Bitcoin (BTC) begins a new week in uncertain times after regaining $9,000, but where is BTC/USD headed in the coming days?
Cointelegraph Markets highlights five factors driving Bitcoin price action for the week ahead.
Stocks optimism returns with $9K
Following a major slide on Friday, stocks futures were gaining early on Monday, despite ongoing pressure from Covid-19 concerns.
Dow Jones, S&P 500 and Nasdaq futures all rose modestly, cementing a quiet weekend that saw Bitcoin outperform in terms of volatility.
BTC/USD, which has shown a tendency to copy stock market movements in recent weeks, briefly lost $9,000 support on Sunday before regaining the level.
The move had in fact been long coming — most of last week saw $9,000 testing in a slow grind down away from five figures.
Further weakness in the S&P 500, with which Bitcoin is 95% correlated in recent months, could be particularly damaging in the short term, trader Tone Vays warned on Thursday.
Nevertheless, some traders were optimistic. Cointelegraph Markets analyst Michael van de Poppe noted that even at recent lows of around $8,900, Bitcoin was still up 140% since March.
A BTC investment is still far ahead of stocks for Q2, with gains in excess of 40%.
Bitcoin vs. S&P 500 3-month chart. Source: Skew
The difficulty may adjust down again
Last week’s bearish momentum appeared to take its toll on Bitcoin network fundamentals. The difficulty, set for an adjustment in around 30 hours, has flipped negative.
Should the trend continue, a downward shift would contrast starkly with the 15% rise seen during the last adjustment two weeks ago.
The difficulty is an essential mechanism that ensures miners are incentivized to participate in the Bitcoin network, and automatic adjustments function as “economic policy.”
Bitcoin hash rate has also leveled off, having conversely seen gains of around 10% last week. The weekly average activity was 115 EH/s at press time.
Bitcoin 7-day average difficulty 2-month chart. Source: Blockchain
Small BTC futures gap opens
One potential price point, albeit not far from the current price, is a “gap” left in CME Group’s Bitcoin futures market over the weekend.
As Cointelegraph often notes, if futures begin Monday trading in a different place to where they ended on the previous Friday, BTC/USD tends to rise or fall to fill the hole.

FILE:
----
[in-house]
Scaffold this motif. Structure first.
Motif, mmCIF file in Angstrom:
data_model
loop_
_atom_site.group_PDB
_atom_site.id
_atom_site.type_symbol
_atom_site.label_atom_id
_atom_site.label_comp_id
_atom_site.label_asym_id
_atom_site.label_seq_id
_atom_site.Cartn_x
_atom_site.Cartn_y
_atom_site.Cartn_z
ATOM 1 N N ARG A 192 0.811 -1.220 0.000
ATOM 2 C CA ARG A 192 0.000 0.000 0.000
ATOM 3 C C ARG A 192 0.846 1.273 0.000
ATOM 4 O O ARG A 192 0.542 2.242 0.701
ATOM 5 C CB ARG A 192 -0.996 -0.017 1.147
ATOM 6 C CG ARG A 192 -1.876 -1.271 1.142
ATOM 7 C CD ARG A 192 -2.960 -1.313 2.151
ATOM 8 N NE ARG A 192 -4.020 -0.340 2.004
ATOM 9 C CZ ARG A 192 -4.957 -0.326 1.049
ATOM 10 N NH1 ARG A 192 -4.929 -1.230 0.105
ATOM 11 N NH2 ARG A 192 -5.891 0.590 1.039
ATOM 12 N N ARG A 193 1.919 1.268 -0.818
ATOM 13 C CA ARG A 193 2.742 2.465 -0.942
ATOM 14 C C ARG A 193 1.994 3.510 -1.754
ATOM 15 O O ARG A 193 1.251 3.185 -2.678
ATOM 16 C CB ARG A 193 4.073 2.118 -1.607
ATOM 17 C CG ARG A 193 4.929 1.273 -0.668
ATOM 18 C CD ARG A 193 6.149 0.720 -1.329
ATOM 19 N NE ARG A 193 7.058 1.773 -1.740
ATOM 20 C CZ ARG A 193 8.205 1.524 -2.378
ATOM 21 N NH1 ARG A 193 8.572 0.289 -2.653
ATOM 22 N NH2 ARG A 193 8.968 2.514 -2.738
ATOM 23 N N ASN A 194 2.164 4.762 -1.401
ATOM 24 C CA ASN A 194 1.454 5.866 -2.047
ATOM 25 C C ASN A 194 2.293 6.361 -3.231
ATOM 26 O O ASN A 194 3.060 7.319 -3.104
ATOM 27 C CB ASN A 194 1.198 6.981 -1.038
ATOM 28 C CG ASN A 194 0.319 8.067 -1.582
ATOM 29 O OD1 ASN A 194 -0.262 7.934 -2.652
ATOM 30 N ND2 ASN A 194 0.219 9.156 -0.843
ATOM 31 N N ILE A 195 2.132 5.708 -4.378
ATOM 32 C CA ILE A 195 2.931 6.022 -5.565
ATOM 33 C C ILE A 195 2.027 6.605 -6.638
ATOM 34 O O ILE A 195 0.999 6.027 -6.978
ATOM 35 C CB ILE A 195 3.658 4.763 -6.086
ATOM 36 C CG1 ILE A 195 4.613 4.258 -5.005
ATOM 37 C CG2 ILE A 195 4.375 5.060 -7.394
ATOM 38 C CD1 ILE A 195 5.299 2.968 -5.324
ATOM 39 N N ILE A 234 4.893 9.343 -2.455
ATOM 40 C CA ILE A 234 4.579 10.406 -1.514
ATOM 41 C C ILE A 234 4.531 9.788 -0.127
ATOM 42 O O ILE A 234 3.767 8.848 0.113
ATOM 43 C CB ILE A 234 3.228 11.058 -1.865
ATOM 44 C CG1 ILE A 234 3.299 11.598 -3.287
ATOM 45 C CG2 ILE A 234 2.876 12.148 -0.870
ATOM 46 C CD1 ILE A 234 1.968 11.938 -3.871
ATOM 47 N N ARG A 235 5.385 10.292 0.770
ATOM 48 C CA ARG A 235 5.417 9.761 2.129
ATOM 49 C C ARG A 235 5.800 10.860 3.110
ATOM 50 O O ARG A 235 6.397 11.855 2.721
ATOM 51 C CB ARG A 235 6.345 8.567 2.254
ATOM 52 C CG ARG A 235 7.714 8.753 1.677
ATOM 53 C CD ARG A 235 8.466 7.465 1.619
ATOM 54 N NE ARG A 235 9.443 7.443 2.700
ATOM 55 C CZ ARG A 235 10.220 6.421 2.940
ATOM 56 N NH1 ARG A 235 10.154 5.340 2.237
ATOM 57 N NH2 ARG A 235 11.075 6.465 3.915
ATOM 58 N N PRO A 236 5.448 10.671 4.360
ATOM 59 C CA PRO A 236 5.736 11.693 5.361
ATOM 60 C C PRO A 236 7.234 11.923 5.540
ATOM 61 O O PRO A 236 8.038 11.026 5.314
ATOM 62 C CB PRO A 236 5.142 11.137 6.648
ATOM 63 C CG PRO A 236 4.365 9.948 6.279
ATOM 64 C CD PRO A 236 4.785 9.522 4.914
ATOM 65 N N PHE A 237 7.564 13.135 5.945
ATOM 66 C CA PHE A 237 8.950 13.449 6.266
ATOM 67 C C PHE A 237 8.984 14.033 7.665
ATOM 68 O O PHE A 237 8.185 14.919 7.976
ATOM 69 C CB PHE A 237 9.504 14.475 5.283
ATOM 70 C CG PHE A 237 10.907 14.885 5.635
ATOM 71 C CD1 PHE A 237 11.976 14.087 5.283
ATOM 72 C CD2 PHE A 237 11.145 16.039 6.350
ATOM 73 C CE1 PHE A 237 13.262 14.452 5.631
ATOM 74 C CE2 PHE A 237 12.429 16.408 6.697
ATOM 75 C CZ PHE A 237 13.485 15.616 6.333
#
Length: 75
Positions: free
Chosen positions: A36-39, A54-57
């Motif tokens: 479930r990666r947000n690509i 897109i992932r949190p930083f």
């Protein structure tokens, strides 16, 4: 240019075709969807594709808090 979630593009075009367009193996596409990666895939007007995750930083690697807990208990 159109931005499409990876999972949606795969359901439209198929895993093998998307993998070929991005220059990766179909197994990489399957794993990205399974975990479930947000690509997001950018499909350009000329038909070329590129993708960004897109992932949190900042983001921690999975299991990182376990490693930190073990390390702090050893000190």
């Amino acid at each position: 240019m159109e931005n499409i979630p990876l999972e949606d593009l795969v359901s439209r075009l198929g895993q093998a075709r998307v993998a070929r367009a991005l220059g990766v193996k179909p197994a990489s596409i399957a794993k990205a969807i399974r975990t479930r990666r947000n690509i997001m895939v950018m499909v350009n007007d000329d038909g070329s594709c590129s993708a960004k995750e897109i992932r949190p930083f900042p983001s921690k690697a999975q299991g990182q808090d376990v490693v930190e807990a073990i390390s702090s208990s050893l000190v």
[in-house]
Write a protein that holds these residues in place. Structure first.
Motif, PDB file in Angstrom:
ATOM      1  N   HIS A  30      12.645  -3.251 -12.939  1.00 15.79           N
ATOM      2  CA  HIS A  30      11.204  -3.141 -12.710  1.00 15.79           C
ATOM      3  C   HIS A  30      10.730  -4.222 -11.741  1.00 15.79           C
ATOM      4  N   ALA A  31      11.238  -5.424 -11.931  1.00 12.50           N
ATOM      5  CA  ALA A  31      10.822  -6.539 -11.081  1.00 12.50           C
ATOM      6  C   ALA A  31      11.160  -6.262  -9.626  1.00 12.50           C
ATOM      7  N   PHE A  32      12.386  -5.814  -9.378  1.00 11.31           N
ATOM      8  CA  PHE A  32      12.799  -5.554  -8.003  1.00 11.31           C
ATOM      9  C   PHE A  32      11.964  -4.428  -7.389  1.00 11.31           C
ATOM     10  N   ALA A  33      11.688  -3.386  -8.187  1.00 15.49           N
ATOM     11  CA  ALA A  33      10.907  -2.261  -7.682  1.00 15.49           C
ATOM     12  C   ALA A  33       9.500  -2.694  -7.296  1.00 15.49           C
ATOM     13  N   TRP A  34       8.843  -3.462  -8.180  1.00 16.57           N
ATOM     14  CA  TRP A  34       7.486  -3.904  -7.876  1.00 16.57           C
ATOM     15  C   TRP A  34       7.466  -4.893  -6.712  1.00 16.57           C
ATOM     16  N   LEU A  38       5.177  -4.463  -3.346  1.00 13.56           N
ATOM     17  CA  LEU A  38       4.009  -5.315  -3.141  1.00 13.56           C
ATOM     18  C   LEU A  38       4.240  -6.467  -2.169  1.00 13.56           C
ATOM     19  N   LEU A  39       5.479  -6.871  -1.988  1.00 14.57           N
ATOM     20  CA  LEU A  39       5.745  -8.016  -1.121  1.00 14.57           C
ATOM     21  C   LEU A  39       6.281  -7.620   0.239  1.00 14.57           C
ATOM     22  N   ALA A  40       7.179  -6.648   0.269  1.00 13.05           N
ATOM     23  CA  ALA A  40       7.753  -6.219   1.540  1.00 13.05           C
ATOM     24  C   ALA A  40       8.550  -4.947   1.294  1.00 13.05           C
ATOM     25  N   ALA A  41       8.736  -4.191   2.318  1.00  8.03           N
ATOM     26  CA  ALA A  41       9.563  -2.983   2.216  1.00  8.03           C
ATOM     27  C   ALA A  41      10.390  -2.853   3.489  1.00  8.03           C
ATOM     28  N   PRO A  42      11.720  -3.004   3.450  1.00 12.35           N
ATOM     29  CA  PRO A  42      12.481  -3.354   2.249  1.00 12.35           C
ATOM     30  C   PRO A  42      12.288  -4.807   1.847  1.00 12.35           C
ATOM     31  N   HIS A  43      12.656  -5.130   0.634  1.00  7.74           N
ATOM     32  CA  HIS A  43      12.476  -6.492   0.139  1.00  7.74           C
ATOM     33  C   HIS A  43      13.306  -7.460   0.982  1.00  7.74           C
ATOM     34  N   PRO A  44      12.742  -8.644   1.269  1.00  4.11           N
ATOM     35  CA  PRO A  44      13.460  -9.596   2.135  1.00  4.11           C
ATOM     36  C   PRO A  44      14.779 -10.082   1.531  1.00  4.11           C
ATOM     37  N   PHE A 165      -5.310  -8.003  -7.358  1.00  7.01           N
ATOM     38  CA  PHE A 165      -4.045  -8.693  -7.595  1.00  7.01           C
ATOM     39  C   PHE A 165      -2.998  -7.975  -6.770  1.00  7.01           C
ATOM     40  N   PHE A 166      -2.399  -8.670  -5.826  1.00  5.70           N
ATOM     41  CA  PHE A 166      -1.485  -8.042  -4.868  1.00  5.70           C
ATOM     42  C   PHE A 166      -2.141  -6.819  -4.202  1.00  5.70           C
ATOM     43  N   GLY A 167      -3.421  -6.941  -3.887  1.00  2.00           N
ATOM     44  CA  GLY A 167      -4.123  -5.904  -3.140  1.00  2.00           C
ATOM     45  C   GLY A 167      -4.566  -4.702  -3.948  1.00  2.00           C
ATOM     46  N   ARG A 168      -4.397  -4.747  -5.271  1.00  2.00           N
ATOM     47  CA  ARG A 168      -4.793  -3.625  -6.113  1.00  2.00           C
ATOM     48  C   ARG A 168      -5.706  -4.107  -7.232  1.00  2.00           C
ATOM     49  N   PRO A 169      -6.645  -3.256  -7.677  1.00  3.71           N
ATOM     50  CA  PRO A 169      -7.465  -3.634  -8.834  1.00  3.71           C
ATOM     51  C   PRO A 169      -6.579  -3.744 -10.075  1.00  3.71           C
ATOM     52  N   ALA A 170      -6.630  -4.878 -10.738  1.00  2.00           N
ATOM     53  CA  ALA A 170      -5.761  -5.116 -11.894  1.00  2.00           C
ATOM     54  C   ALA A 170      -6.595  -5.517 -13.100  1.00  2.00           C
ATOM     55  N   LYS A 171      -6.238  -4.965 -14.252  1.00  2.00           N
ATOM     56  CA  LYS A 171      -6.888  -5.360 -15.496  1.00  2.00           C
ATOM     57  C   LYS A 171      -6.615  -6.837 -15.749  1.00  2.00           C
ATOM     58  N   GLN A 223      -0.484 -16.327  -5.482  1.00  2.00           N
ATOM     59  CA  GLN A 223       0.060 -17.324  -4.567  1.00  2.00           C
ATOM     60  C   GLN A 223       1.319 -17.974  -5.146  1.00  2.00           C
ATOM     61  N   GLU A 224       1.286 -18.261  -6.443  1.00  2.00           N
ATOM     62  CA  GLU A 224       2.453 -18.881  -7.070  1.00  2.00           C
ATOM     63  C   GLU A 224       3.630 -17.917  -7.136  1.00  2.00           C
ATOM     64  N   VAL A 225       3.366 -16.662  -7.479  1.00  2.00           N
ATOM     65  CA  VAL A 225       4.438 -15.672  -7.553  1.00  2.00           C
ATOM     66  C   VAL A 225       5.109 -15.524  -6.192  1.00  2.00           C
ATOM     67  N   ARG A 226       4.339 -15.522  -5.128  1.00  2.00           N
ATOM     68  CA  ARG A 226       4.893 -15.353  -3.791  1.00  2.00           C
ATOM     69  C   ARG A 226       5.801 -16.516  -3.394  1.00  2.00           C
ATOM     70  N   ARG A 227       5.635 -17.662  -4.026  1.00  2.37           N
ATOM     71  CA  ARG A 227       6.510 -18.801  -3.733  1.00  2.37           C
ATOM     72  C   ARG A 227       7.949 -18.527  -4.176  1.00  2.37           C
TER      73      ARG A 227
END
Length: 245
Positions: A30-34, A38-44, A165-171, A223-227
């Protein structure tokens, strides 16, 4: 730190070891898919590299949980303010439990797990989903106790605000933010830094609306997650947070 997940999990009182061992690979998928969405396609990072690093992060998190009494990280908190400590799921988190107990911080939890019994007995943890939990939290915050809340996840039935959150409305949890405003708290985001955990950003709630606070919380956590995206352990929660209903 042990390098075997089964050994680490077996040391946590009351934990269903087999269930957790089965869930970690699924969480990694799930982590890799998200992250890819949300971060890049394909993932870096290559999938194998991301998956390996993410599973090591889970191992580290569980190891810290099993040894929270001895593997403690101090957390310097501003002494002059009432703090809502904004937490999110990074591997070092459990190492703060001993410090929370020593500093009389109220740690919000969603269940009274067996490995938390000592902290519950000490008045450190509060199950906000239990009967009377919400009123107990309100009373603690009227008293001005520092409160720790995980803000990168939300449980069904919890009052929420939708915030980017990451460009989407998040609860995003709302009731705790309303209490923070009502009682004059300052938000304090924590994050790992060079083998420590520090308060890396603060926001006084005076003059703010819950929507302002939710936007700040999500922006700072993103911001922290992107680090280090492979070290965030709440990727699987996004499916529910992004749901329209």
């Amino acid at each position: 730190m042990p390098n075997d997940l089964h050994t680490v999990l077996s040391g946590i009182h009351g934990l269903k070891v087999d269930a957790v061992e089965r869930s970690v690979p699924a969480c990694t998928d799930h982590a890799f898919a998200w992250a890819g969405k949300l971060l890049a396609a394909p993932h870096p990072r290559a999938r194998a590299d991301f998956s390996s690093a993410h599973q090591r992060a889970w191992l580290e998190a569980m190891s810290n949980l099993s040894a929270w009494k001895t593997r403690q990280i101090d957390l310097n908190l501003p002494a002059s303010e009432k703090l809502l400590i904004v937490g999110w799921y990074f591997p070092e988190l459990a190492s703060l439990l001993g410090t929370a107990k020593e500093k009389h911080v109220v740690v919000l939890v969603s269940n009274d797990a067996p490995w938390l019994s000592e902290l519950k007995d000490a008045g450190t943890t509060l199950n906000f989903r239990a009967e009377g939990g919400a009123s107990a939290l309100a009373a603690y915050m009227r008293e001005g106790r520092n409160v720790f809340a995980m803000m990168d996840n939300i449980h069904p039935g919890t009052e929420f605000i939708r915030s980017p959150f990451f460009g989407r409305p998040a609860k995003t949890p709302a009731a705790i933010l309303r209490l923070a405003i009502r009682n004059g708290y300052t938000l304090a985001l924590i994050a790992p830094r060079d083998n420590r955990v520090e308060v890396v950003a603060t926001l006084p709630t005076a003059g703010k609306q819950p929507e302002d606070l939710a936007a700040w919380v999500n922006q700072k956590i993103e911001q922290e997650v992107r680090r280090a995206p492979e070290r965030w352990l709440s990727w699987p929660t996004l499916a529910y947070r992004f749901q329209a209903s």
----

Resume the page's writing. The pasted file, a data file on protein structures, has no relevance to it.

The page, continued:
This week, the gap lies between around $9,180 and $9,250 — $100 higher than press time levels.
On Friday, a giant expiry in Bitcoin options open interest of nearly $1 billion failed to have any significant impact on price, contrary to expectations.
Nonetheless, derivatives are seen as a major market factor for Bitcoin, with volume and open interest regularly hitting new highs across operators.
CME Bitcoin futures chart showing gap. Source: TradingView
Fear trumps greed among Bitcoin investors
On the part of everyday traders, the mood appears little changed from last week. According to the Crypto Fear & Greed Index, a dedicated measuring tool for trader sentiment, “fear” still abounds.
The tool uses multiple factors to compile an index from 1 to 100, with a higher score a sign that traders are irrationally optimistic and a correction is due.
The Index’s current score is 41, down nine points versus last week’s highs from June 24. That brief spike came as prices rose following rumors that PayPal was preparing to support cryptocurrency.
Crypto Fear & Greed Index 1-month chart. Source: Alternative.me
Data showing exchange balances shows that less is now in exchange wallets than at any time in 13 months — a sign of a lack of interest in selling among consumers.
Miners ease up on BTC selling
Miner sentiment will continue to be under the spotlight in the short term after June saw periods of heavy sell-offs.
According to data from on-chain analysis resource CryptoQuant, mining pool outflows calmed towards the end of last week after a spike on June 24.
As Cointelegraph reported, that was likely driven by two Chinese pools, with the destination of the 7,000 BTC potentially over-the-counter sell trades.
June 26 meanwhile saw a spike in outflows from smaller pools, CryptoQuant added.
Miners have felt pressure since May’s halving, which cut their income from block rewards by 50% overnight.
Bitcoin mining pool outflows 1-year chart. Source: CryptoQuant